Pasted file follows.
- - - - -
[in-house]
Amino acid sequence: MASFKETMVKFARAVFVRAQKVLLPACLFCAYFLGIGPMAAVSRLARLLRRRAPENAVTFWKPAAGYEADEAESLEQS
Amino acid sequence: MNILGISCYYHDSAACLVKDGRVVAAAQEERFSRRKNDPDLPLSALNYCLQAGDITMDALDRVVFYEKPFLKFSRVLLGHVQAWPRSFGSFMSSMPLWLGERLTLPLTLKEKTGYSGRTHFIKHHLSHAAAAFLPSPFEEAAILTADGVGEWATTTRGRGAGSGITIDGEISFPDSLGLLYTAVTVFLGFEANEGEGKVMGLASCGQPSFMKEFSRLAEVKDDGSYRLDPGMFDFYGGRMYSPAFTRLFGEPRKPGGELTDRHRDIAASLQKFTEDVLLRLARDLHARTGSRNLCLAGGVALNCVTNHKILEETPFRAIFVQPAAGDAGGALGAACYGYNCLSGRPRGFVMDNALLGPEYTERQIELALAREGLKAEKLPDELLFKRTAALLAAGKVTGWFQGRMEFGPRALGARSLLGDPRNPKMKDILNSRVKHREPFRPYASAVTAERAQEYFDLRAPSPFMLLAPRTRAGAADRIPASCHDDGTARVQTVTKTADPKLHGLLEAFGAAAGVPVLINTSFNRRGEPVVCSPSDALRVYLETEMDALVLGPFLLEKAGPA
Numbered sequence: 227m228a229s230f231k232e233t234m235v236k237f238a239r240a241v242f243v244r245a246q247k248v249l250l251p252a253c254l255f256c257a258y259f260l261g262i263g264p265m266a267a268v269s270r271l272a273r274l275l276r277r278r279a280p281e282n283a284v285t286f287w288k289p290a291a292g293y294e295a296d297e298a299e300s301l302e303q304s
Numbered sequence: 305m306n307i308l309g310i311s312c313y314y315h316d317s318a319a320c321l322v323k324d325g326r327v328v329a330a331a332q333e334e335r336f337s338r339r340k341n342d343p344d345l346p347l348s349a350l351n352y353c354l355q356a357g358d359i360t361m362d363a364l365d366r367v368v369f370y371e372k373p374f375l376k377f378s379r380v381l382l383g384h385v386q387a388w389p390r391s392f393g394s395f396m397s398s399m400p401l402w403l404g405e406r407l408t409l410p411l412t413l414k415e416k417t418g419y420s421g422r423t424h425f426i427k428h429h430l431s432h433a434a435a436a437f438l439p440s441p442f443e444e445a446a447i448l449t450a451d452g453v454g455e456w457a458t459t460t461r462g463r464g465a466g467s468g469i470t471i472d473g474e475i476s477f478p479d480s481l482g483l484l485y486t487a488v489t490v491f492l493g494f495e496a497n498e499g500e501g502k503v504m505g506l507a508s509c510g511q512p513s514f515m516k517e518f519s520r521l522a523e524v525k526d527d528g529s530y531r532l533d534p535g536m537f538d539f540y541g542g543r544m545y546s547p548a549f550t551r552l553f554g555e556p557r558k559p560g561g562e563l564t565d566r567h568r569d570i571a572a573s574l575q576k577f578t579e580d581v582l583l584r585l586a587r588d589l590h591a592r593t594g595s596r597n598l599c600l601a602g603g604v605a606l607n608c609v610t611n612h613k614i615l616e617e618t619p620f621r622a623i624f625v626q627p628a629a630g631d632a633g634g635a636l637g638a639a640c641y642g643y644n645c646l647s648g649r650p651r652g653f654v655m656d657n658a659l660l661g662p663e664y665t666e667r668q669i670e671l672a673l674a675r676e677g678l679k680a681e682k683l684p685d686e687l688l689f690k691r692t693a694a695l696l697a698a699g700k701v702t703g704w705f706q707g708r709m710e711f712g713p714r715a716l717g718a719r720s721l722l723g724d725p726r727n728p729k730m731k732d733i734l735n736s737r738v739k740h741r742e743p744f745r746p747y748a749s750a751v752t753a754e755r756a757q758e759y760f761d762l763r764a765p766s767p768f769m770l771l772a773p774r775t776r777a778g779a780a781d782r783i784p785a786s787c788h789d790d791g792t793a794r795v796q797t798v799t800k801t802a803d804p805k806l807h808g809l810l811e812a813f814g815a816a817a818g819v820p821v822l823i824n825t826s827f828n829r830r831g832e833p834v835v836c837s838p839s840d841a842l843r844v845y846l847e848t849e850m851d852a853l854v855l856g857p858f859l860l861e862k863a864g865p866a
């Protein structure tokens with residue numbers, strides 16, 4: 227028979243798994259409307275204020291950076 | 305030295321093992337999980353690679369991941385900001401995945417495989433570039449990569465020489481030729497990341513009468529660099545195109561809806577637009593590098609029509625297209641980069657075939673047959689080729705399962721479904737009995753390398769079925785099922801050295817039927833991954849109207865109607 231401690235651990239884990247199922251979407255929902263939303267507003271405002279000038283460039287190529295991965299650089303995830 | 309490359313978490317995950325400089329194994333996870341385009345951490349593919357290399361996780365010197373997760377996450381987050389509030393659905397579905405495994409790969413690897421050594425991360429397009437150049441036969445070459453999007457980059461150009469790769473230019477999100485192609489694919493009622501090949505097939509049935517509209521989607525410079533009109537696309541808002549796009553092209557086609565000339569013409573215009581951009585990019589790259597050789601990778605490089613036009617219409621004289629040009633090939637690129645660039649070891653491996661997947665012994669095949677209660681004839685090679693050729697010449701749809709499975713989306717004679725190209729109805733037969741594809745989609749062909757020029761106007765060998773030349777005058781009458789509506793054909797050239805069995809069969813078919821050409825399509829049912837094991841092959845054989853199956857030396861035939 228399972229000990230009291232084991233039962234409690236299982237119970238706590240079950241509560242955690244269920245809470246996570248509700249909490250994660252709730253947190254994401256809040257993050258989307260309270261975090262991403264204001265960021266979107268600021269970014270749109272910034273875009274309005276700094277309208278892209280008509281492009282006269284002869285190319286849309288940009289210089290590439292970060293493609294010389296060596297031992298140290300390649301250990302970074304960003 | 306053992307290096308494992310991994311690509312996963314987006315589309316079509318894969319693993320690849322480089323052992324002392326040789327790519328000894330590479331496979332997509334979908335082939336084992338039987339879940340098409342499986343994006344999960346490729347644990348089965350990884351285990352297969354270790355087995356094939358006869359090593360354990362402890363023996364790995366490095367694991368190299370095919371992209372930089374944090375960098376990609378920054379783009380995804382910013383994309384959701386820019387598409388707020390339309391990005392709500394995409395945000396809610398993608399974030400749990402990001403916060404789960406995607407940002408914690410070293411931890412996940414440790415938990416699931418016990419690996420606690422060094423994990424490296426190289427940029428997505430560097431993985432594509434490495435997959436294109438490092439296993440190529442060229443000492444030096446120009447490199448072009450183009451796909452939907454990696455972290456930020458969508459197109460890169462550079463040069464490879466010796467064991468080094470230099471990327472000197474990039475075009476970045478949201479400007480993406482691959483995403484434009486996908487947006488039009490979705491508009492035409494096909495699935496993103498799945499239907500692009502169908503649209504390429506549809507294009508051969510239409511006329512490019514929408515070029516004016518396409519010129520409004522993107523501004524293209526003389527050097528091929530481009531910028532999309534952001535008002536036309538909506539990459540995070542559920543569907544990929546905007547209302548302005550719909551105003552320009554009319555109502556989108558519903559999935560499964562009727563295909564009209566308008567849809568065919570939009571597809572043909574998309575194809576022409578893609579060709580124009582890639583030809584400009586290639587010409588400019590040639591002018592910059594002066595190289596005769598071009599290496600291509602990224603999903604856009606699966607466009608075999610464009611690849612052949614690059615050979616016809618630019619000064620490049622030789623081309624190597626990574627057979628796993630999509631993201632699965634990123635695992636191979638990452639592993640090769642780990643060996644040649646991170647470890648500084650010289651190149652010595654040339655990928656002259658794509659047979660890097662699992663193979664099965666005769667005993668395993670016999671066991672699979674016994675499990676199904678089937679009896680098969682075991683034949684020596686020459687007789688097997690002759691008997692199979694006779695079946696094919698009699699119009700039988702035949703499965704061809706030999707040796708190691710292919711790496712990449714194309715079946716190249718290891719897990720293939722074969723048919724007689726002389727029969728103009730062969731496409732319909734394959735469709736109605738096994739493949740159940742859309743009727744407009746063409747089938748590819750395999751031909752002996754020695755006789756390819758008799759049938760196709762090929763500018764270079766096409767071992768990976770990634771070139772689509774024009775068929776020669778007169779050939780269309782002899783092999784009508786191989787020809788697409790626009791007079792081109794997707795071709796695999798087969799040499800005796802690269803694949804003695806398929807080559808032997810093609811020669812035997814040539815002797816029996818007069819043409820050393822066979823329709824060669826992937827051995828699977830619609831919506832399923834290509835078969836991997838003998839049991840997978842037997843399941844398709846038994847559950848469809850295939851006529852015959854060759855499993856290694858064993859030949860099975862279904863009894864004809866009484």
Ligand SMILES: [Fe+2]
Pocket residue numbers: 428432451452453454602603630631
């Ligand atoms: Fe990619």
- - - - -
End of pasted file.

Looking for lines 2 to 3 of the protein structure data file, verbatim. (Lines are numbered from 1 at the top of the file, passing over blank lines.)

Amino acid sequence: MASFKETMVKFARAVFVRAQKVLLPACLFCAYFLGIGPMAAVSRLARLLRRRAPENAVTFWKPAAGYEADEAESLEQS
Amino acid sequence: MNILGISCYYHDSAACLVKDGRVVAAAQEERFSRRKNDPDLPLSALNYCLQAGDITMDALDRVVFYEKPFLKFSRVLLGHVQAWPRSFGSFMSSMPLWLGERLTLPLTLKEKTGYSGRTHFIKHHLSHAAAAFLPSPFEEAAILTADGVGEWATTTRGRGAGSGITIDGEISFPDSLGLLYTAVTVFLGFEANEGEGKVMGLASCGQPSFMKEFSRLAEVKDDGSYRLDPGMFDFYGGRMYSPAFTRLFGEPRKPGGELTDRHRDIAASLQKFTEDVLLRLARDLHARTGSRNLCLAGGVALNCVTNHKILEETPFRAIFVQPAAGDAGGALGAACYGYNCLSGRPRGFVMDNALLGPEYTERQIELALAREGLKAEKLPDELLFKRTAALLAAGKVTGWFQGRMEFGPRALGARSLLGDPRNPKMKDILNSRVKHREPFRPYASAVTAERAQEYFDLRAPSPFMLLAPRTRAGAADRIPASCHDDGTARVQTVTKTADPKLHGLLEAFGAAAGVPVLINTSFNRRGEPVVCSPSDALRVYLETEMDALVLGPFLLEKAGPA